Wednesday, July 14, 2010

I will, then, be a toad.

"In 1894, Stephen Crane called on his friend, bringing a roll of manuscript for him to read. It was a group of poems he had written during the past few days, poems which amazed his friend with their power. When asked if he had any others, Crane replied,"I have four or five up here," and he pointed to his forehead, "all in a little row. That's the way they come - in little rows, all ready to be put down on paper." He had written nine the day before, and he "put down" another before he left.

"Crane, then twenty-two, was struggling to earn his living as a journalist.He himself had paid to publish his first novel, Maggie:A Girl of the Streets, and found no one wished to buy it. His life was miserable: he slept on the floor of a studio and had little certainty of eating three meals a day.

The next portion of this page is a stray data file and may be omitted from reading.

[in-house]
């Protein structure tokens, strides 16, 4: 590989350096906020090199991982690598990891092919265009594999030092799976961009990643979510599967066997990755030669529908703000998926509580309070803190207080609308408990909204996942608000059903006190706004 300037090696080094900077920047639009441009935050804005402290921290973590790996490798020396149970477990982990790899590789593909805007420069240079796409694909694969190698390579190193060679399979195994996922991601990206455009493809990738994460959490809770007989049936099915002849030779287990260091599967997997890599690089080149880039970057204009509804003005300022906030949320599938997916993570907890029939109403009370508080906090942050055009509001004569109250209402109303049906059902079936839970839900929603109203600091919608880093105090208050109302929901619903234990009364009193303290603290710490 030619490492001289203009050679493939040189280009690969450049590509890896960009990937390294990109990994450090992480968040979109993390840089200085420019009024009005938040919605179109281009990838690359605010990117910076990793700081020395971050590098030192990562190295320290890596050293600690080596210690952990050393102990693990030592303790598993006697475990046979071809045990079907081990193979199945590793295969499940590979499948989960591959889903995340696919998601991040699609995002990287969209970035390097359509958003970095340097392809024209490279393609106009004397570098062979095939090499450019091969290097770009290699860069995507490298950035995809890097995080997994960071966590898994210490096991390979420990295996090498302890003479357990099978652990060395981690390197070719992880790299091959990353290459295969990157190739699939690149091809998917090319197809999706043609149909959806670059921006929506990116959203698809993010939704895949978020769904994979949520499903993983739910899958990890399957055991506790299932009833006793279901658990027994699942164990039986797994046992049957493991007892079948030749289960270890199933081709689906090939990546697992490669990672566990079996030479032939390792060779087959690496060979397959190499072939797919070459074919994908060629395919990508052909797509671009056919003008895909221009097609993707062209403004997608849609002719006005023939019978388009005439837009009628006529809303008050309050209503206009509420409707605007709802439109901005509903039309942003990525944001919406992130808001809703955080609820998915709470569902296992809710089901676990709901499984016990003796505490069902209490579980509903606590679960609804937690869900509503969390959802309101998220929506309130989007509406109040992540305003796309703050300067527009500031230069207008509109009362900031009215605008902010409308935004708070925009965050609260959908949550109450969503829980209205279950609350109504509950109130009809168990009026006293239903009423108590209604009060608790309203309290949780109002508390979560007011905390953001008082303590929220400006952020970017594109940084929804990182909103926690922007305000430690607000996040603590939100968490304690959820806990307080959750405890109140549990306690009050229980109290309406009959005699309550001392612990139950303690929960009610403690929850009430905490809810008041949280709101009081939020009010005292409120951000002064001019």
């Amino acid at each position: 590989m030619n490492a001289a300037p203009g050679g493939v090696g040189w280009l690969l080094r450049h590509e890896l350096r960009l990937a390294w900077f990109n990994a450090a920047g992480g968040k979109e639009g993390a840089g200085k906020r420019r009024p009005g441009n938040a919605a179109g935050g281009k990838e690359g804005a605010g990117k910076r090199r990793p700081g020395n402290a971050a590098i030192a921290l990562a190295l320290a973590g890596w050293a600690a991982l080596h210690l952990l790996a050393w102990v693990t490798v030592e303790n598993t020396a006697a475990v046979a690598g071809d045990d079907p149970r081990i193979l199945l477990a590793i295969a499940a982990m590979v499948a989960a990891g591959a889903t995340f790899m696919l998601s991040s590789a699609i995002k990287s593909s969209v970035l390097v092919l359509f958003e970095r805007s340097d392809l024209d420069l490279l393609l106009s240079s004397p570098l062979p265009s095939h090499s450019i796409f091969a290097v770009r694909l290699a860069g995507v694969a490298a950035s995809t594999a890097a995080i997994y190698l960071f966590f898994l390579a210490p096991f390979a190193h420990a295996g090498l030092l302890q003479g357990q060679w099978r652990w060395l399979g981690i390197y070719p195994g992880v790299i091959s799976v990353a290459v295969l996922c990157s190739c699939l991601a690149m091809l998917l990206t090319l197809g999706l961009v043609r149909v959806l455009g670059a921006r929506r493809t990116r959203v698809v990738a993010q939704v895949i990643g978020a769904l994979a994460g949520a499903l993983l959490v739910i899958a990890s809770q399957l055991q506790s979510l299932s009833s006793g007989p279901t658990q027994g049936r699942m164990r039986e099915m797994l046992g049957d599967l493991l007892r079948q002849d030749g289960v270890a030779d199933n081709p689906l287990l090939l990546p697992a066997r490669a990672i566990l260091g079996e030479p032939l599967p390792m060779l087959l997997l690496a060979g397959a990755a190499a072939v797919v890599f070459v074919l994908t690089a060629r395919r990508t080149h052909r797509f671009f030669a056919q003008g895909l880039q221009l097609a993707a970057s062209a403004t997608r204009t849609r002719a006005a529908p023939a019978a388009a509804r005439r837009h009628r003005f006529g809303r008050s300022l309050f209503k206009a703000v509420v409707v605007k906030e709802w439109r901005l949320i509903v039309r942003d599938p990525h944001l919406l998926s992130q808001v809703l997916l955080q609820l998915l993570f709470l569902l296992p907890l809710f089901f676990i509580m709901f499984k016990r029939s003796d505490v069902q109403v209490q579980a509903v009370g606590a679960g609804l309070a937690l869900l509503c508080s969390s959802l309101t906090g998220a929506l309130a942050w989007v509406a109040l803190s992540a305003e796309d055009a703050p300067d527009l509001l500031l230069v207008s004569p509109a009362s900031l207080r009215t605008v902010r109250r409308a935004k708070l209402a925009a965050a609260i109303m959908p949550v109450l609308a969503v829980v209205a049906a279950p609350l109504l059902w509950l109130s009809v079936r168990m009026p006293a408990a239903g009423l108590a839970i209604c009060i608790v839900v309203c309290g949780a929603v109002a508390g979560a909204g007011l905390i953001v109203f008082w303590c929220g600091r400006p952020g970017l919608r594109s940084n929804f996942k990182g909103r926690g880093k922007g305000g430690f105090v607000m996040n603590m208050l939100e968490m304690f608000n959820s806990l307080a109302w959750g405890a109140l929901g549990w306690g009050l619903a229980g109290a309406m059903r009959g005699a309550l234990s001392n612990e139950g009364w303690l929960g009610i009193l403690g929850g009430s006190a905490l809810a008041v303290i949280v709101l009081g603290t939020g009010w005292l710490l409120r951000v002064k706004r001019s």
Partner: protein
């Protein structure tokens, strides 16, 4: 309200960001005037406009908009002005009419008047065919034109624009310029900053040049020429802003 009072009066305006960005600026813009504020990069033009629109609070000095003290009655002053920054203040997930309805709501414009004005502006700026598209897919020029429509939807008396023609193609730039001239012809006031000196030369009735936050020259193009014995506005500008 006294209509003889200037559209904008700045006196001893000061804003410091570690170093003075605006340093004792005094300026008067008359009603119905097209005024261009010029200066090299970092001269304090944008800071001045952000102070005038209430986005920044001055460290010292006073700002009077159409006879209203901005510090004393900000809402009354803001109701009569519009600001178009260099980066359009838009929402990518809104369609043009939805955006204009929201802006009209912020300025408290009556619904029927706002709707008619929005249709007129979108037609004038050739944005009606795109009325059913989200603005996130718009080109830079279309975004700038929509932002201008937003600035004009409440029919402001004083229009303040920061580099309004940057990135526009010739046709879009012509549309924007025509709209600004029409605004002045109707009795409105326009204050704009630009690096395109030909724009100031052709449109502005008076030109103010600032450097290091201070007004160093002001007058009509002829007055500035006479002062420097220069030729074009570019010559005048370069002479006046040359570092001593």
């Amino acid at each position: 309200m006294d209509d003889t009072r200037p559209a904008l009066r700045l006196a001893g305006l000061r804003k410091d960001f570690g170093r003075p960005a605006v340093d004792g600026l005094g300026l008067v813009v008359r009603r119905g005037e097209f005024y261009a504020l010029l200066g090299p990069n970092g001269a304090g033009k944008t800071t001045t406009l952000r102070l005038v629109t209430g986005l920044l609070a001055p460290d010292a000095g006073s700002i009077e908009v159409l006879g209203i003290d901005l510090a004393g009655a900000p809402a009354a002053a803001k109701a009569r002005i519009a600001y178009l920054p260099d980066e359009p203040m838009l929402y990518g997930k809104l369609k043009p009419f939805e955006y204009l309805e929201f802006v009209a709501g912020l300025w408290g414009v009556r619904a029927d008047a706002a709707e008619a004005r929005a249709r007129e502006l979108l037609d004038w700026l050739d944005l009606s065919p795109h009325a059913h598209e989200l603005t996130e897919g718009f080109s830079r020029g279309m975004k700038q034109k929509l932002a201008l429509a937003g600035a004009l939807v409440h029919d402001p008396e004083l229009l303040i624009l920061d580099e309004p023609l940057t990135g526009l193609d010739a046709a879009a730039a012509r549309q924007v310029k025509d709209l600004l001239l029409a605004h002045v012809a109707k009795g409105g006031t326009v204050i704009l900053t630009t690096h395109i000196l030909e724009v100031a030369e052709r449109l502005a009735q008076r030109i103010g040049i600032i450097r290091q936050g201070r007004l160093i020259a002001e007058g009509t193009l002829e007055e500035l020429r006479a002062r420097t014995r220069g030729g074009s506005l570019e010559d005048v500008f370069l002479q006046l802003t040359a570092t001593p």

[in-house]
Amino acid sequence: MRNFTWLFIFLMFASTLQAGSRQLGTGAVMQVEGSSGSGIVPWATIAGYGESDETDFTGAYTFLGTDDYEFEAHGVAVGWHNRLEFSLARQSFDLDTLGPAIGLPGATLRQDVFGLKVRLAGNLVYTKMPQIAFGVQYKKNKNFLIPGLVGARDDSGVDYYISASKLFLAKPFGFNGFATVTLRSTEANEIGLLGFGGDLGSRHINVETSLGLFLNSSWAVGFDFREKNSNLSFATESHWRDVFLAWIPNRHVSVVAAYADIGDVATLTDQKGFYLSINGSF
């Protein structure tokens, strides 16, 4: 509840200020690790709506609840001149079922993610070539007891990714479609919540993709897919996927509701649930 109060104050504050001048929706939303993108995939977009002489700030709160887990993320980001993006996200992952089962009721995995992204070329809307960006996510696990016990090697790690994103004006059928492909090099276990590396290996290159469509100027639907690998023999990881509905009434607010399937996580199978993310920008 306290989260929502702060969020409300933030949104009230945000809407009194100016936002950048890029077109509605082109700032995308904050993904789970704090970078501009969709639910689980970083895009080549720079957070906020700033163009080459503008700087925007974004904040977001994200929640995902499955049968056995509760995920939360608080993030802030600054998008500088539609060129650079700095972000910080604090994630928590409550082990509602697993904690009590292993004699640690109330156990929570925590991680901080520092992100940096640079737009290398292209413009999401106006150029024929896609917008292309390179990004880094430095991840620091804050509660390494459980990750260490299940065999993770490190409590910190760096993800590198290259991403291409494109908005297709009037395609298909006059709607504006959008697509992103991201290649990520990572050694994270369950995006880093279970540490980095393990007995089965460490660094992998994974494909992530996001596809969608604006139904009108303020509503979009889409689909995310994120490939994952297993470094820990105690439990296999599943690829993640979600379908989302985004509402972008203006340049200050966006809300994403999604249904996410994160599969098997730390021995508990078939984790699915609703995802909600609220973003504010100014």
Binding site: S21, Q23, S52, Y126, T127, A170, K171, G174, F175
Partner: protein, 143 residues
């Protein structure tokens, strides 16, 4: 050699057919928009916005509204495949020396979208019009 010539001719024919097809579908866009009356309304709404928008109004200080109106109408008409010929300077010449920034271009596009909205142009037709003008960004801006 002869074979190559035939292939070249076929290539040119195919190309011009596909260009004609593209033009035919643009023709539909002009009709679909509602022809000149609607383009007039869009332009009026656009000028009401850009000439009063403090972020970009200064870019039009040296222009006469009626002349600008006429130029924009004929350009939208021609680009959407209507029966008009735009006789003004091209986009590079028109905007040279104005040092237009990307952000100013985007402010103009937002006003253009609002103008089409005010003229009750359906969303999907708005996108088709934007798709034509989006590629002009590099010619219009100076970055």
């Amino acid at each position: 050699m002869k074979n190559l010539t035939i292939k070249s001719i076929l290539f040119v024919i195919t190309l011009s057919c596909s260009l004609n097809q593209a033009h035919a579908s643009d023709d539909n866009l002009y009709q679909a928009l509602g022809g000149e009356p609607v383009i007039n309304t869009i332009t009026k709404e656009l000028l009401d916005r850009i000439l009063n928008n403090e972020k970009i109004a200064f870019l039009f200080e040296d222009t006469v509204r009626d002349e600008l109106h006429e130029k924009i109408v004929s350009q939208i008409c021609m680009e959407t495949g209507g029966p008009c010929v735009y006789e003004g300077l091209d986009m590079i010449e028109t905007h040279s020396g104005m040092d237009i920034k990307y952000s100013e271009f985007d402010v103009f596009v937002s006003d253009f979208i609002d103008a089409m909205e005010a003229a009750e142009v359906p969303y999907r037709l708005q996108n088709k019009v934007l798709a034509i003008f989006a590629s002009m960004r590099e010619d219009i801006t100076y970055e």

"He wanted to experience everything possible, to be a participant in whatever happened. He was an angry young man, in rebellion against easy respectibility and the genteel tradition. He had a fierce sense of justice and a hatred for cruelty, whether he found it in the vengeful God of his forefathers, or in man's inhumanity to man. He was determined to be his own judge of what was right or wrong. He placed kindness and integrity among the highest virtues and set for himself a heroic ideal. "There was in Crane a strain of chivalry," said Joseph Conrad, "which made him safe to trust with one's life."

A man said to the universe:
"Sir, I exist!"
"However," repied the universe,
"the fact has not created in me
"A sense of obligation."


"Think as I think," said a man,
"Or you are abominably wicked;
"You are a toad."

And after I had thought of it,
I said, "I will, then, be a toad."

Poems of Stephen Crane, Selected by Gerald D. MacDonald, Woodcuts by Nonny Hogrogian, First Edition, Second Printing ,1964. Offered for sale by Chewybooks as of July 14, 2010.

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